Bosses, of course, have much more health than peons and – as mentioned – are somewhat resistant to Spidey’s attacks, taking damage much slower.
Missions, once selected, are easy to find. The screen has a directional arrow that shows the distance to the mission starter – an icon that you walk up to and press the square button on the controller to activate.
As you progress through the game you will gain new abilities that are tied into the controller scheme. Attacks fall into four categories: ground, air, grabs (which includes web attacks like the Web Rodeo) and specials. Hitting the triangle button three times in quick succession will initiate a jump hammer smash if you are fighting on the ground. Most of the attacks are tied to the square and triangle buttons with web attacks hotkeyed to the circle button. There is a minor learning curve tied to the controls. The mini-games featured within the scope of the gameplay can be a bit repetitive.
Graphically the game is impressive. The characters mirror their movie counterparts very well, and the animations are silky smooth and a great deal of fun to watch. Swinging through Manhattan at night is also a special bit of eye candy, with the buildings lit up. The cutscenes are very well done and progress the various stories very well. The sound is also first rate with the movie’s actors voicing the dialogue.
The playable Goblin is an exclusive to the PS3 system (he looks a little like Raziel of the Soul Reaver series) but the game also has other bonus features – like “Webisodes” from the movie, an interview with the movie’s producer Avi Arad, and a collectible lenticular card with movie images on it.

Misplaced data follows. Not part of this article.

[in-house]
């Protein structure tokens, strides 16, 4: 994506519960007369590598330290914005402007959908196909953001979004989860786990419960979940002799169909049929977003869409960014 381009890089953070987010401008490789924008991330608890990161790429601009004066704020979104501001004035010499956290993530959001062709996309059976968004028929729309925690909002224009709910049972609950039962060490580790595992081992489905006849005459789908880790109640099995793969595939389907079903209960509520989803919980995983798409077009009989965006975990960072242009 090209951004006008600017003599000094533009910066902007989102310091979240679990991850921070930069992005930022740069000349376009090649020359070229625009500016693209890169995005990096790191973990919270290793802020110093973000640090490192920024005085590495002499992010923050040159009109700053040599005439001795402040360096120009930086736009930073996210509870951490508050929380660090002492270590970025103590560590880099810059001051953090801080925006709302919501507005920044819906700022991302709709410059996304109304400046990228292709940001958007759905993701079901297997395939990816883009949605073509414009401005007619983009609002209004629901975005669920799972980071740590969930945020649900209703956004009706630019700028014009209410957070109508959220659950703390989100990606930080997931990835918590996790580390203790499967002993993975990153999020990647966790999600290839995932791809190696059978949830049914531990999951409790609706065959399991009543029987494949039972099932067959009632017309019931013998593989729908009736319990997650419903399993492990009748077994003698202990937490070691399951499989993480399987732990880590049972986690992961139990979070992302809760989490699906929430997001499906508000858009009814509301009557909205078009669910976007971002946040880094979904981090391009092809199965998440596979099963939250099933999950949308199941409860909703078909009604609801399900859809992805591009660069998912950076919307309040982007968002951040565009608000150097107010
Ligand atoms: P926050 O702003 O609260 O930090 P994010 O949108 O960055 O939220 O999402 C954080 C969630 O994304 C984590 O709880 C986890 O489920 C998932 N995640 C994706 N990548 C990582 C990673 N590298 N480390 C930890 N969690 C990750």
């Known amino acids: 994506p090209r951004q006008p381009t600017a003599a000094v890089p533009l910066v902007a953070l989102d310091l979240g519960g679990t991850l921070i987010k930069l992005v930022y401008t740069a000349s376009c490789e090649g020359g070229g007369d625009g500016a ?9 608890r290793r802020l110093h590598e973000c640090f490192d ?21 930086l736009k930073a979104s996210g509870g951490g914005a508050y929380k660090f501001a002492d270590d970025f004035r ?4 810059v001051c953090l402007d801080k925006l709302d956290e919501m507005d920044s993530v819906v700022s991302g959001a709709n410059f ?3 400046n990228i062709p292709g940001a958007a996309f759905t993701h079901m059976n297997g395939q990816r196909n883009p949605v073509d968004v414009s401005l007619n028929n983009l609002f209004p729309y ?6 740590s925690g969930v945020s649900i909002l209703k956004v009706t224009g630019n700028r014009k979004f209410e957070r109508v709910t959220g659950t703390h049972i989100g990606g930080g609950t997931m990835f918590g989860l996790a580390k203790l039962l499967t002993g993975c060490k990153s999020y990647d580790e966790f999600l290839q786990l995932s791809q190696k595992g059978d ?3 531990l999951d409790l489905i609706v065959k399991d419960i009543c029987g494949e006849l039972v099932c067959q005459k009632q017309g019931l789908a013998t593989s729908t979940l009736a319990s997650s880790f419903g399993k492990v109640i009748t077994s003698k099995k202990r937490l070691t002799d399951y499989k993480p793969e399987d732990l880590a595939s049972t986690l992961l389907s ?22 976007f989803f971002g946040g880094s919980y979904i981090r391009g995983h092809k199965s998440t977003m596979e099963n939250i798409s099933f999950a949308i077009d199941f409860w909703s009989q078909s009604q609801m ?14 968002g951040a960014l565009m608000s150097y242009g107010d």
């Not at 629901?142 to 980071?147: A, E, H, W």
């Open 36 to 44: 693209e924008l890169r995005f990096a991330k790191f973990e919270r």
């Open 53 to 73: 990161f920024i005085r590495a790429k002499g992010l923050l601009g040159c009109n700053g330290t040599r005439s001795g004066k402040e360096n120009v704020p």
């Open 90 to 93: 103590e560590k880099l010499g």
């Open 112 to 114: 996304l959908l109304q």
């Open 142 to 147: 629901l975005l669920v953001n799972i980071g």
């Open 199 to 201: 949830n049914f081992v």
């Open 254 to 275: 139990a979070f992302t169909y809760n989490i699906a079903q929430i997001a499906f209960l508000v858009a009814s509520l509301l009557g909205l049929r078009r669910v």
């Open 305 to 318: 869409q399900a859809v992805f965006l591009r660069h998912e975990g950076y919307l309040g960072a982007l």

The game is grand and epic in nature. It does have a few detracting points that might not appeal to all players, but it does stay true to both the character of Spider-man as well as being an excellent movie tie-in. If you are the type of gamer that likes a good button-masher, and can work past the occasional which-way-is-up camera angles, then this game should have tremendous appeal for you.
Review Scoring Details for Spider-man 3
The controller response felt a little sluggish at times, particularly in the intense button-mashing minigames, and there is a learning curve, but generally the game plays well. The minigames can be a bit repetitive.
There is little doubt that this game is gorgeous and the animations are a tasty bit of eye candy.
This is excellent, with solid music and action effects and the voices of the movie actors driving the game along. Though a bit trite at times, even Spidey’s introspective narrative can be enjoyable.
A button-mashers dream, but for the rest it could prove to be a tough proposition.
The scheme is a grand one with a sandbox feel and sufficient movie and non-movie tie-ins to keep the action going for a while. The minigames can be a bit repetitive and the camera could have been a bit sharper.
The camera issues aside, Spider-man 3 can be a tad repetitive when it comes to the mini-games, but the game looks amazing on a 42” Sony Bravia HD TV. It may not appeal to those who are not of the button-mashing game frame of mind, but the game still manages to produce high adventure in a semi-sandbox format over a huge game map. The PS3 version is packed with bonus material. If you are a fan of our “friendly, neighborhood Spider-man” you may want to pick this up.
GameZone Review Detail
Spider-man 3 is a button-masher with some camera issues, but is true to the film and franchise
Reviewer: Michael Lafferty
Review Date: 05/04/2007